Etobicoke back yard garden. Limber pine planted spring last year.
Noticed today a white substance, powdery. Noticed a small white worm/caterpillar on the white substance.
Please help with a diagnosis.
It looks like your Limber pine might have woolly pine scale. The woolly pine scale is a small, soft-bodied insect that produces a white, waxy mass. This woolly product has a snow-like look to it that hides the actual insect itself. Like other scales, woolly pine scale is a sap-sucking insect that damages trees by removing nutrients with piercing-sucking mouth parts.
According to the North Carolina Forest Service, natural enemies such as parasitoid wasps and green lacewings usually keep woolly pine scale populations in check. Significant feeding by the insect can cause some branch die back and stunted shoot growth. It can also stress or weaken the tree, making them more susceptible to other pests. It has been observed that woolly pine scale populations increase when there is insecticide applications that negatively impact their natural enemies.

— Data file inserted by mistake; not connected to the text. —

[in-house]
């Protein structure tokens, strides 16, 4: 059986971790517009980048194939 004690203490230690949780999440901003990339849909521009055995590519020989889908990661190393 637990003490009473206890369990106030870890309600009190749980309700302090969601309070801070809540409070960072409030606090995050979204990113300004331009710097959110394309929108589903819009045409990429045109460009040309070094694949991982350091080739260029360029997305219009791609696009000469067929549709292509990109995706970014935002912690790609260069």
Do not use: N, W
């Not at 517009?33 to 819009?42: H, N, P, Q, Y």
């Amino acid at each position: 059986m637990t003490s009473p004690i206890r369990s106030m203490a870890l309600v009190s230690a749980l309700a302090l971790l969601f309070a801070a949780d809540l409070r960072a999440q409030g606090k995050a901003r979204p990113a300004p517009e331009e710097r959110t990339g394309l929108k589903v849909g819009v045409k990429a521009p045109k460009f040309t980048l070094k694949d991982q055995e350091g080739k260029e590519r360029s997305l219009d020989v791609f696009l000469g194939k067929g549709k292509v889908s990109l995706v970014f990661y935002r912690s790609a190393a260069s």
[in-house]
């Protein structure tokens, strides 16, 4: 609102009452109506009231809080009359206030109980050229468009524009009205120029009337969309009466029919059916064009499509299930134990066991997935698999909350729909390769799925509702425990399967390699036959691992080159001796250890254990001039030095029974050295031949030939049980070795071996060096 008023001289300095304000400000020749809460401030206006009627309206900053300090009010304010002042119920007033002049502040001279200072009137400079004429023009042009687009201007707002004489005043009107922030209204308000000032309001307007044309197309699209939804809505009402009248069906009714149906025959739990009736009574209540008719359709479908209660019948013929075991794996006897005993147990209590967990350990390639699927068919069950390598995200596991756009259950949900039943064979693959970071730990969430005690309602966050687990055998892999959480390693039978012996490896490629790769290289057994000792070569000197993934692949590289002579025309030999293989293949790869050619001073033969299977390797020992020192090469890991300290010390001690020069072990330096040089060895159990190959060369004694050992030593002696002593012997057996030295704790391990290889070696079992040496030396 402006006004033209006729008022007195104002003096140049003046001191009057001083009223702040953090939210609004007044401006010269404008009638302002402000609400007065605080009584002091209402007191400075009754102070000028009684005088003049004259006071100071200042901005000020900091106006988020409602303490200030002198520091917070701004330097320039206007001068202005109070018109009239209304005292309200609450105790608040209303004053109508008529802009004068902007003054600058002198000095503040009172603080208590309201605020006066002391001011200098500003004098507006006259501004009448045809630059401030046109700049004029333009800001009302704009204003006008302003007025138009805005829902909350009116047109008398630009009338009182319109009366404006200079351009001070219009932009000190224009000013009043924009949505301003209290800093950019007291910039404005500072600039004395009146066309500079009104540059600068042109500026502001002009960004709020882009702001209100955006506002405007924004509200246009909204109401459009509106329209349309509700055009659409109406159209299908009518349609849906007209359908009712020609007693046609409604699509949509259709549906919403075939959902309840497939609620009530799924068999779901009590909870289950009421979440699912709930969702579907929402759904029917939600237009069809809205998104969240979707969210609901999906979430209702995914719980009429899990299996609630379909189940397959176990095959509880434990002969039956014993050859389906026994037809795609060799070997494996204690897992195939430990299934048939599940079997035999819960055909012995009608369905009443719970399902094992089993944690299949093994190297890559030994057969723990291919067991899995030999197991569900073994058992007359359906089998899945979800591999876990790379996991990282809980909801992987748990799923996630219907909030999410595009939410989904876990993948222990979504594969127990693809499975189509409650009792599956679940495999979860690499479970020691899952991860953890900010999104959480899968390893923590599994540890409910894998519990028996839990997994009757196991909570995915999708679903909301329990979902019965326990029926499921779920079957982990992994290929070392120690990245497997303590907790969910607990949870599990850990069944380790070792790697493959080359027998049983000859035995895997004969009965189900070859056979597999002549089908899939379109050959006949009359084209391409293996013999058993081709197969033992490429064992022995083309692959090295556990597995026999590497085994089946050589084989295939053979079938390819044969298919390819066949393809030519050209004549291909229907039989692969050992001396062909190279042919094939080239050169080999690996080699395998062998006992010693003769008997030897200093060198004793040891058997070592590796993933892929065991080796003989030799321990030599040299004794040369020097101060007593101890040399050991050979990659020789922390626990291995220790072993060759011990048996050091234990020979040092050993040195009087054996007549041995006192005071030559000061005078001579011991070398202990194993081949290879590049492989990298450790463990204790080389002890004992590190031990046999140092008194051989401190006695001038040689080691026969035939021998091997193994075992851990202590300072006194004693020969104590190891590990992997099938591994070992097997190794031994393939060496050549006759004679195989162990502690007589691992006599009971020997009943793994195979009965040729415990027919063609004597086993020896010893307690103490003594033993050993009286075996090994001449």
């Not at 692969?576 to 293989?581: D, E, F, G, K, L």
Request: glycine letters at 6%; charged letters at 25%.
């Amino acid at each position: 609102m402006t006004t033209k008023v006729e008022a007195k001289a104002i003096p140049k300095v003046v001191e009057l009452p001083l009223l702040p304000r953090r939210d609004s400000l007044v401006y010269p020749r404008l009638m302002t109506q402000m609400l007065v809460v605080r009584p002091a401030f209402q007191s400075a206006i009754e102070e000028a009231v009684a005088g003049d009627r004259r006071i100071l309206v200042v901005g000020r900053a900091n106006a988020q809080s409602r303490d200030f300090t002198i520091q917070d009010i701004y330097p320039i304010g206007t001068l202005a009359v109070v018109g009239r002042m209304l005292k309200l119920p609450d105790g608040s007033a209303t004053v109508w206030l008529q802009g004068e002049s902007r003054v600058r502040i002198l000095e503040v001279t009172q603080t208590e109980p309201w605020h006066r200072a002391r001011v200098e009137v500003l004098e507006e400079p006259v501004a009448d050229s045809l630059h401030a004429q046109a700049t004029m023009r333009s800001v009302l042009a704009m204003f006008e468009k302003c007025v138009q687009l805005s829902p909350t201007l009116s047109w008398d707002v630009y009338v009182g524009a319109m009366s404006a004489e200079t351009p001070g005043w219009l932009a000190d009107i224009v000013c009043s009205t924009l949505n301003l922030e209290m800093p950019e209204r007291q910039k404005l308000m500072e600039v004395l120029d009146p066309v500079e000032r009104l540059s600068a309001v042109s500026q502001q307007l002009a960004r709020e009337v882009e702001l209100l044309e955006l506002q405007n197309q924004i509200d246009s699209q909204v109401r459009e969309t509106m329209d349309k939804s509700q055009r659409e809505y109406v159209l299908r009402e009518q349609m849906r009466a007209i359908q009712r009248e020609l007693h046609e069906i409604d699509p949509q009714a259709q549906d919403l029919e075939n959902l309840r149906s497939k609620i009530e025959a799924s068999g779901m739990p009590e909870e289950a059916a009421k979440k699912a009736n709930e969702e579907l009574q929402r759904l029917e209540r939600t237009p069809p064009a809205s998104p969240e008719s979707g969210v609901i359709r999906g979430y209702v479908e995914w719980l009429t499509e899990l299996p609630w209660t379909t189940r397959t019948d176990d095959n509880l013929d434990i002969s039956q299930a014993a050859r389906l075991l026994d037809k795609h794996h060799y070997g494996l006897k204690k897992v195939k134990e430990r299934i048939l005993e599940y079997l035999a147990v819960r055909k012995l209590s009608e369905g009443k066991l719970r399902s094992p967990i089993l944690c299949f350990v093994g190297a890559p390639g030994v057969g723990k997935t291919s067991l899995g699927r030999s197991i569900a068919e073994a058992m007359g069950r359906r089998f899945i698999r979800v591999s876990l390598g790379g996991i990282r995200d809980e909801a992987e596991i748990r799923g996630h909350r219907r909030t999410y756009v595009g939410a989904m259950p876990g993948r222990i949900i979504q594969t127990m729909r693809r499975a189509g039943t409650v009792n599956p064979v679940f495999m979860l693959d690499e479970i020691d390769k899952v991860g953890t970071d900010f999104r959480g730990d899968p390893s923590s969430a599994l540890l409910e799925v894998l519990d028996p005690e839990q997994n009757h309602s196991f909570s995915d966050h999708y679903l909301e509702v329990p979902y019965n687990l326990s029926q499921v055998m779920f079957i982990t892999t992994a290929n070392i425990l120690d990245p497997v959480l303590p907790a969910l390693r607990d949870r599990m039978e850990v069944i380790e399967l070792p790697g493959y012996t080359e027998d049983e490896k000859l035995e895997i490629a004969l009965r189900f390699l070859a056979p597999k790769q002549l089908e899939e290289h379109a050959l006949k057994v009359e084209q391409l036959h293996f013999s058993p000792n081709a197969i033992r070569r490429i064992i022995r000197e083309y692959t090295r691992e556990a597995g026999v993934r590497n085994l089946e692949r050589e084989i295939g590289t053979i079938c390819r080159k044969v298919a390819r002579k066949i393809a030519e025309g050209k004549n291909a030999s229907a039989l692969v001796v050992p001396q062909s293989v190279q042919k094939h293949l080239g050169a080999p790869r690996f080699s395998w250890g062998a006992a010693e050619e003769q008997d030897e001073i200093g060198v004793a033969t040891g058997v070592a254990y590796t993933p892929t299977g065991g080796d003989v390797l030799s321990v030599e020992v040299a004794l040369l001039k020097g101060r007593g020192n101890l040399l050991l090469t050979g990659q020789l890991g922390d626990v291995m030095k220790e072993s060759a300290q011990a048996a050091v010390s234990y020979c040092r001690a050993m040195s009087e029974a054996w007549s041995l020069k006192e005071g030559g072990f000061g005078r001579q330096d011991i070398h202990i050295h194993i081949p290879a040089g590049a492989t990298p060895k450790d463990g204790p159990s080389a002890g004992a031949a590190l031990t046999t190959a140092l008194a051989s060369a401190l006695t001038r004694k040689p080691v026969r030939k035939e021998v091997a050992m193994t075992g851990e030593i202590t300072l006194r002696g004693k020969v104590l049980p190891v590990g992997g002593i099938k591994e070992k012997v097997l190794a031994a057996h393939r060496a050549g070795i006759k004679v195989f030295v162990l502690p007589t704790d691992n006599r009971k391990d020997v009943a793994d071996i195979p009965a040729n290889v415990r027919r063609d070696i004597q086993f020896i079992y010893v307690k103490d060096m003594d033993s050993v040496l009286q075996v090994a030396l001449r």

A bi-product of woolly scale is sooty mold fungi. This grows on the sweet and sticky waste product produced by the scale. The fungus itself does not hurt the tree, although it often attracts ants and wasps which is more of a nuisance than anything.
Woolly scale typically is not a major threat to overall tree health and the damage is mostly cosmetic. No control is generally recommended for this insect. If you would like to read more about this, the US Department of Agriculture has a detailed leaflet which you can find here: http://dnrc.mt.gov/divisions/forestry/docs/assistance/pests/fidls/178.pdf